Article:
How Medicare’s New Senior Savings Model Makes Insulin More Affordable
Tracey D. Brown is the President and Chief Executive Officer of the American Diabetes Association and lives with type 2 diabetes.
Last week, I was honored to join the leadership of the Centers for Medicare and Medicaid Services (CMS) at the White House to announce the “Part D Senior Savings Model,” an initiative we have been working on with national policymakers. This new program will limit the cost of insulin for participating seniors to a maximum of $35 for a 30-day supply—a major victory in our fight for affordable insulin!
The program takes effect January 1st. If you are a senior on Medicare and want to participate, you’ll need to take these steps:
- Before October 15, 2020: Check on your current Part D Prescription Plan and what type(s) of insulin you are prescribed.
- Between October 15 and December 7, 2020: While your current health insurance plan may elect to participate in this program, not all do. You may need to switch plans in order to get this new benefit, and you’ll need to switch before the end of the Medicare Open Enrollment period (October 15 to December 7, 2020). You’ll be able to review all available plans using the Medicare Plan Finder, which will be updated by October 15, 2020 to show you which plans will offer the new discounts for insulin. This will allow you to compare all Medicare Advantage and Part D to can choose a plan that best suits your needs.
We know you likely have some questions about this new model—and we’re here to help. Check out our FAQ on the new model below. And remember, though this new model won’t help everybody who’s struggling to afford their insulin, it will help many of the 3.3 million seniors on Medicare who use insulin—and it’s just the first step. We will not stop fighting until insulin is affordable for all seven million who rely on it.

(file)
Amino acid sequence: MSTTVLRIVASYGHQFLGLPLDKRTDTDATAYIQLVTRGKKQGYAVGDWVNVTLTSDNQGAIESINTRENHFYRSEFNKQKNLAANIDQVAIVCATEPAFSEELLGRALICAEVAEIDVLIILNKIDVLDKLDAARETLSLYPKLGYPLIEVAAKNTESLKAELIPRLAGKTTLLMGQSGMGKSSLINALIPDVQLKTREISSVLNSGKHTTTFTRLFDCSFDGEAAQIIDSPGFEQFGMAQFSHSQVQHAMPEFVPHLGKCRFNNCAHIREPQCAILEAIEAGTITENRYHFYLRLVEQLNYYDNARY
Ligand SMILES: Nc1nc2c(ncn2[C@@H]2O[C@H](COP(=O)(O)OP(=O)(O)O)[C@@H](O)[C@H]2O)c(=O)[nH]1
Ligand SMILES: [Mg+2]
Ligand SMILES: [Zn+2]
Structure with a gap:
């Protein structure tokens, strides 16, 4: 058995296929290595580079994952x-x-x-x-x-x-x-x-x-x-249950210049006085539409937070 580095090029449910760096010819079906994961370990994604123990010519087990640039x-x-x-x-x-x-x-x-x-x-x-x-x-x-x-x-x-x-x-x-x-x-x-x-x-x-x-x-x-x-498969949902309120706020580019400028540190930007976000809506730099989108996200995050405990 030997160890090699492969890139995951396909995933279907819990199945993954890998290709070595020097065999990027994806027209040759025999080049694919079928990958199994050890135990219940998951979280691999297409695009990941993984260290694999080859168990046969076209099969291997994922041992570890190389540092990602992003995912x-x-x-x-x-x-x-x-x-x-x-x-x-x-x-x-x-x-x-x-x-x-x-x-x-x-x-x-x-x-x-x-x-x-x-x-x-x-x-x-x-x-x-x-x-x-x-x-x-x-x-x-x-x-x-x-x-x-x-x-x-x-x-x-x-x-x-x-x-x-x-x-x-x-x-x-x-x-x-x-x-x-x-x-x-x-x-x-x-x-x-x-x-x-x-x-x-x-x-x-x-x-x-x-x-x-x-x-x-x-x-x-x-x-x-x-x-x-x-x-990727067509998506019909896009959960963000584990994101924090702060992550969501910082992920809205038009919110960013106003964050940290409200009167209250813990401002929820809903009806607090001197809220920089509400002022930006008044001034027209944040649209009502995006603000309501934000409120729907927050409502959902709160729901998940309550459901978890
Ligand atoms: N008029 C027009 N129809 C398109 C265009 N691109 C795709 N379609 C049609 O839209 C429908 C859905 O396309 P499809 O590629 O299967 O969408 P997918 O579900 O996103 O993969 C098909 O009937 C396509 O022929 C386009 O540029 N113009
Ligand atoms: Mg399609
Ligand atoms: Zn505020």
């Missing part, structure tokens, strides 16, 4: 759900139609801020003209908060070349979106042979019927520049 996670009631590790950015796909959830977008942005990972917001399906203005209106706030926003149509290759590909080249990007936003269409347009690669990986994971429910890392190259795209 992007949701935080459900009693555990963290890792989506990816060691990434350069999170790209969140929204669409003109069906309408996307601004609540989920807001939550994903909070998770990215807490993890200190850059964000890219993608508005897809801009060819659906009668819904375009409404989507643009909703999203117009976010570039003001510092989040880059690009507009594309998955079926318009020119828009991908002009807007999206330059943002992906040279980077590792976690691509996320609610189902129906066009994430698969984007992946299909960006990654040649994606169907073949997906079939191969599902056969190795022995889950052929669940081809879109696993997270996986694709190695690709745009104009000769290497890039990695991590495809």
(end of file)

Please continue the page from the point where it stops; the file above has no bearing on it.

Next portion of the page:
Frequently Asked Questions:
What is this model?
On May 26, 2020, President Trump announced a new model for Medicare Part D enrollees who purchase insulin. This model will begin on January 1, 2021. It is designed to help 3.3 million Americans affordably access insulin by capping the cost of a 30-day supply for most insulins to a maximum of $35. For enrollees who choose a model participating plan, their insulin prescription will not be subject to a deductible or any coverage gap cost increases. (Whether it’s January or December, their monthly out-of-pocket cost for insulin will be $35 or less.)
1,750 standalone Medicare Part D prescription drug plans and Medicare Advantage plans have committed to participate in this model. CMS anticipates plan options in all 50 states, Puerto Rico, and District of Columbia. Plans may be different in their offerings overall, which is why enrollees need to review all available plans during the open enrollment period that begins on October 15 and ends on December 7, 2020.
Why is this only for Part D enrollees?
The federal government cannot regulate insurance practices for commercial insurers or Medicaid, but it has authority over the way insurance works for the Medicare prescription drug benefit, which is referred to as “Medicare Part D.”
How will Medicare’s $35 per month out of pocket cap for insulin affect pricing policy for other people who rely on insulin?
This model addresses the out-of-pocket cost variability that a Part D enrollee could pay in a year and allows people with diabetes to have consistent, affordable access to this life-essential drug. Medicare policies, once established, heavily influence commercial insurance coverage plans. We hope to see commercial prescription drug plans follow with efforts to make insulin copays more affordable!
Does this mean the price of insulin is lower?